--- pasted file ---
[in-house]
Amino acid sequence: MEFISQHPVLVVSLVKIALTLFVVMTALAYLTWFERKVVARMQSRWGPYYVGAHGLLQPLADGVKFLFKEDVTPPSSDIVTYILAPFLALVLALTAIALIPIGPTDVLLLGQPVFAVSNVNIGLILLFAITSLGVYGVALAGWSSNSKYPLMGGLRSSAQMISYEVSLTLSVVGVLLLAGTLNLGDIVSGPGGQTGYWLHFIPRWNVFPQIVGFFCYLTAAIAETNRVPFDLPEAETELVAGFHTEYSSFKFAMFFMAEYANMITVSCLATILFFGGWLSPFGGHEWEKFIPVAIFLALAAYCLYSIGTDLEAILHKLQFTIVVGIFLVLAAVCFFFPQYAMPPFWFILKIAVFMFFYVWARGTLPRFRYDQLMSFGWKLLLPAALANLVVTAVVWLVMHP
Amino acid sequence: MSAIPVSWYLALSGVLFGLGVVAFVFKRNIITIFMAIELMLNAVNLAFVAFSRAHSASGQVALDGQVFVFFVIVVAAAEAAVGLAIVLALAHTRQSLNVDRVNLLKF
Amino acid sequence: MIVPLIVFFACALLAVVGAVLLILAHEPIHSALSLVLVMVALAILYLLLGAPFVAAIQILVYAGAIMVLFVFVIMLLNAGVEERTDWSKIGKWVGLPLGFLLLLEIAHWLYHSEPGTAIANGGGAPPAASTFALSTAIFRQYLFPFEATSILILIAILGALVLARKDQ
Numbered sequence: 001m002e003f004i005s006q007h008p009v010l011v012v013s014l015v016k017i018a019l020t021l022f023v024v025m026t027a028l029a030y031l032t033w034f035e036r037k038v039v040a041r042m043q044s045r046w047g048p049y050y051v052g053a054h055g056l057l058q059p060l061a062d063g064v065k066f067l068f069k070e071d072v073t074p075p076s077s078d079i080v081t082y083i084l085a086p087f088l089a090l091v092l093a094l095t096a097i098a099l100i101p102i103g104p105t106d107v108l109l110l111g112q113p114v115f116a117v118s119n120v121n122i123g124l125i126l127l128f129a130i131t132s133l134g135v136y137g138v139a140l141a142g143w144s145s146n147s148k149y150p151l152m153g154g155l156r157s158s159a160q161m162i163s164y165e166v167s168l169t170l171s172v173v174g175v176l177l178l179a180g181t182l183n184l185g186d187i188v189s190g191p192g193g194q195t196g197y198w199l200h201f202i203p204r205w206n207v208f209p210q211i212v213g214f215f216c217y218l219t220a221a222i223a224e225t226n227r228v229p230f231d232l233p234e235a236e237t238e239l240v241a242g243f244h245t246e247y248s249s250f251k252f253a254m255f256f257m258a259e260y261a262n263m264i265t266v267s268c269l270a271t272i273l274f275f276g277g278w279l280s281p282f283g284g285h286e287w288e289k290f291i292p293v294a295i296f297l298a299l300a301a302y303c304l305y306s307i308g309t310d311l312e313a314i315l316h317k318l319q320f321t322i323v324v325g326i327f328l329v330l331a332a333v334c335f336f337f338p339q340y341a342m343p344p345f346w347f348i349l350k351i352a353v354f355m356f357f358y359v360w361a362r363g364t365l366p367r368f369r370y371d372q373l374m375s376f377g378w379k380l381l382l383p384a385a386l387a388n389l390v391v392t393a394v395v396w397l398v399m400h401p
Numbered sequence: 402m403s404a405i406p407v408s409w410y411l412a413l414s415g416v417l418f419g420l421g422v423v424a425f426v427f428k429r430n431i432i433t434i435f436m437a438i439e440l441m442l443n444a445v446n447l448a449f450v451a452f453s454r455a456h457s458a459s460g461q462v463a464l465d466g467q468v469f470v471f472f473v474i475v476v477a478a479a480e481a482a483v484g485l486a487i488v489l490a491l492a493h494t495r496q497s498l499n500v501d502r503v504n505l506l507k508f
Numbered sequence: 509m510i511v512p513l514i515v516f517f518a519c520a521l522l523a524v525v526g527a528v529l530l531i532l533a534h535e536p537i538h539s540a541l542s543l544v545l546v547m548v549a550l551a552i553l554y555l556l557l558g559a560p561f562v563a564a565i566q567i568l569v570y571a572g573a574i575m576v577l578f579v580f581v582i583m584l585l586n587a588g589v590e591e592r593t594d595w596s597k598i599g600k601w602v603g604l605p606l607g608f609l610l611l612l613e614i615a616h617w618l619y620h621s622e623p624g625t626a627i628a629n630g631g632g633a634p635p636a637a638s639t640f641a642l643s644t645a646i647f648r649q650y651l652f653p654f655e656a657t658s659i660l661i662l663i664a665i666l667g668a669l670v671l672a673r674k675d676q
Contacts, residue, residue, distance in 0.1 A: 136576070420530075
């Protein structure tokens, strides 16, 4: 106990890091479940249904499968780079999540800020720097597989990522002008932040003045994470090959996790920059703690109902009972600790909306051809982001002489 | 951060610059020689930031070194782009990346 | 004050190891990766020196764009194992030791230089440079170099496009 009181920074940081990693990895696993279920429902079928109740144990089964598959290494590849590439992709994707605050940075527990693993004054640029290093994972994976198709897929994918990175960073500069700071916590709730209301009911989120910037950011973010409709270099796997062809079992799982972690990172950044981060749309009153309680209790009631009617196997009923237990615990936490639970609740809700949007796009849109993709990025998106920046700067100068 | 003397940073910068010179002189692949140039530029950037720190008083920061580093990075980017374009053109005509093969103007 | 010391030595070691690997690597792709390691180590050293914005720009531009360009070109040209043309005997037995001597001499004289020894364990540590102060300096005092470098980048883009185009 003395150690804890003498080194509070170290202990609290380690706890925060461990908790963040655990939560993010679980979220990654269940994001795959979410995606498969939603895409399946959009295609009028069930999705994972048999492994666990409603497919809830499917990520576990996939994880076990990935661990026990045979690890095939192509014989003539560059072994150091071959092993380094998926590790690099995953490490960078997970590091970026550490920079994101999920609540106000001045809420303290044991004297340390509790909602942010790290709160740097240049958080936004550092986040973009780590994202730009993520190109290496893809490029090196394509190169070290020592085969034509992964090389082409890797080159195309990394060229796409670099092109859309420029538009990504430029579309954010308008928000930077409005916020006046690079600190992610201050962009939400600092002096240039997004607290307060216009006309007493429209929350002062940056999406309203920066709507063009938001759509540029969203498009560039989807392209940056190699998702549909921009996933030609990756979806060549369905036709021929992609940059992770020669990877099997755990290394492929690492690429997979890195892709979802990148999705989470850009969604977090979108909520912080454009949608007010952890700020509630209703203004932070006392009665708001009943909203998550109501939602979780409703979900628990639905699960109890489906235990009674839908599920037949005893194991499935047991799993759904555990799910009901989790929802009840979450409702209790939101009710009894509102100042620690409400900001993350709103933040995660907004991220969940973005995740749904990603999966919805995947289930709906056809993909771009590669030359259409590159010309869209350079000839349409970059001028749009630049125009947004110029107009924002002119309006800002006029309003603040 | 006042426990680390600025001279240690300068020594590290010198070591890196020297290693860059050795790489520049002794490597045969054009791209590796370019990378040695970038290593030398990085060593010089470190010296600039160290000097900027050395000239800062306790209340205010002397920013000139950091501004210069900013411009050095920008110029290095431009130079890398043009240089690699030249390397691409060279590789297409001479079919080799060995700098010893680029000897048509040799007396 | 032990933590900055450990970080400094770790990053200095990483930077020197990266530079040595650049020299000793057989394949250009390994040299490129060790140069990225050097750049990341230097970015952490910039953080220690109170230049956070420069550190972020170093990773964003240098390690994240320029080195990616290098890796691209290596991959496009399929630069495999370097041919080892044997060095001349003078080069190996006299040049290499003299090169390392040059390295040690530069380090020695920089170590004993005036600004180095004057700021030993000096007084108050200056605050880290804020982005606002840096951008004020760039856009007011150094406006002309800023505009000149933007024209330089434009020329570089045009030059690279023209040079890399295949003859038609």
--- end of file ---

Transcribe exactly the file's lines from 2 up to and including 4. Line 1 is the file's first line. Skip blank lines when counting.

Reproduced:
Amino acid sequence: MEFISQHPVLVVSLVKIALTLFVVMTALAYLTWFERKVVARMQSRWGPYYVGAHGLLQPLADGVKFLFKEDVTPPSSDIVTYILAPFLALVLALTAIALIPIGPTDVLLLGQPVFAVSNVNIGLILLFAITSLGVYGVALAGWSSNSKYPLMGGLRSSAQMISYEVSLTLSVVGVLLLAGTLNLGDIVSGPGGQTGYWLHFIPRWNVFPQIVGFFCYLTAAIAETNRVPFDLPEAETELVAGFHTEYSSFKFAMFFMAEYANMITVSCLATILFFGGWLSPFGGHEWEKFIPVAIFLALAAYCLYSIGTDLEAILHKLQFTIVVGIFLVLAAVCFFFPQYAMPPFWFILKIAVFMFFYVWARGTLPRFRYDQLMSFGWKLLLPAALANLVVTAVVWLVMHP
Amino acid sequence: MSAIPVSWYLALSGVLFGLGVVAFVFKRNIITIFMAIELMLNAVNLAFVAFSRAHSASGQVALDGQVFVFFVIVVAAAEAAVGLAIVLALAHTRQSLNVDRVNLLKF
Amino acid sequence: MIVPLIVFFACALLAVVGAVLLILAHEPIHSALSLVLVMVALAILYLLLGAPFVAAIQILVYAGAIMVLFVFVIMLLNAGVEERTDWSKIGKWVGLPLGFLLLLEIAHWLYHSEPGTAIANGGGAPPAASTFALSTAIFRQYLFPFEATSILILIAILGALVLARKDQ